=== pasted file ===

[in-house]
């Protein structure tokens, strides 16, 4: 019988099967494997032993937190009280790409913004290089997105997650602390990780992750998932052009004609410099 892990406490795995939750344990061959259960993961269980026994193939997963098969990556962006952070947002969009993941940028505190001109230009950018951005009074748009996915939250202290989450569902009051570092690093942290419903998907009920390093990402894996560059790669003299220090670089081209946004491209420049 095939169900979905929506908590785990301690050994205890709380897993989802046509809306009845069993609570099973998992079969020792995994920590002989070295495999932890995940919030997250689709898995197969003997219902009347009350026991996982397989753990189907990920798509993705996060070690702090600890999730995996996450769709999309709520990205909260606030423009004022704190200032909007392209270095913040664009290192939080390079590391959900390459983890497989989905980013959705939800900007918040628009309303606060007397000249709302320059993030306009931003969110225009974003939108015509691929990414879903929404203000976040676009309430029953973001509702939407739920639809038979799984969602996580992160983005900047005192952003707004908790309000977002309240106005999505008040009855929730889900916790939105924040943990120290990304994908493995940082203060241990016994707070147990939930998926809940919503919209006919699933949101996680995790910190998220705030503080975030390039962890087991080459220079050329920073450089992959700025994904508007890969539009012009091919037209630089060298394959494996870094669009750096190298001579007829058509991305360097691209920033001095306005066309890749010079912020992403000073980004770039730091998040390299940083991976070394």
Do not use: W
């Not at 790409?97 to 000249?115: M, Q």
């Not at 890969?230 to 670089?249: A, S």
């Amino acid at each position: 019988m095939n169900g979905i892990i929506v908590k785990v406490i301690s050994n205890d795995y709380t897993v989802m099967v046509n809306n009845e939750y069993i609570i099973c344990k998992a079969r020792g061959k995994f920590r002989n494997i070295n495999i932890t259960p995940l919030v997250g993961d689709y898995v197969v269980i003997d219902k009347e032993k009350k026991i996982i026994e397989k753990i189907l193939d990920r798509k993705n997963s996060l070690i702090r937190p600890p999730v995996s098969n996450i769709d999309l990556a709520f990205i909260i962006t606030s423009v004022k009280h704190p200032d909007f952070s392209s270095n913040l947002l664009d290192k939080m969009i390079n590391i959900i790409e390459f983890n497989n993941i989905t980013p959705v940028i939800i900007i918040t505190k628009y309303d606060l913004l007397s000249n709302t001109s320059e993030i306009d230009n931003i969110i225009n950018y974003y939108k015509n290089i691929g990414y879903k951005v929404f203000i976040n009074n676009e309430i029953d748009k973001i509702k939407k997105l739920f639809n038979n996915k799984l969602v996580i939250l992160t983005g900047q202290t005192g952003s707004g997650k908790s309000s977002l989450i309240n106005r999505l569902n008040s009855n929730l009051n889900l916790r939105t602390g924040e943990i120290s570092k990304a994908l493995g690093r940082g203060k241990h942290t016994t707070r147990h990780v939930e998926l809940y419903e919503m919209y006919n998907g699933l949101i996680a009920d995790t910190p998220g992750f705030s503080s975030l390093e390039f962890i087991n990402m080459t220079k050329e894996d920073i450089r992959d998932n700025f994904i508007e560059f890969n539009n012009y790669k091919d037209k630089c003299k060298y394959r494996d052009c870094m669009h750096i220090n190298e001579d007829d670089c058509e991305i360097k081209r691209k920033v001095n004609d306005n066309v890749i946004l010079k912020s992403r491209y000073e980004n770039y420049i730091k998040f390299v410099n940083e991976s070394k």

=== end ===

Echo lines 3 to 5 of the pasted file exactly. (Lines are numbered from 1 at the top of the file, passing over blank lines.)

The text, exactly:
Do not use: W
């Not at 790409?97 to 000249?115: M, Q």
């Not at 890969?230 to 670089?249: A, S």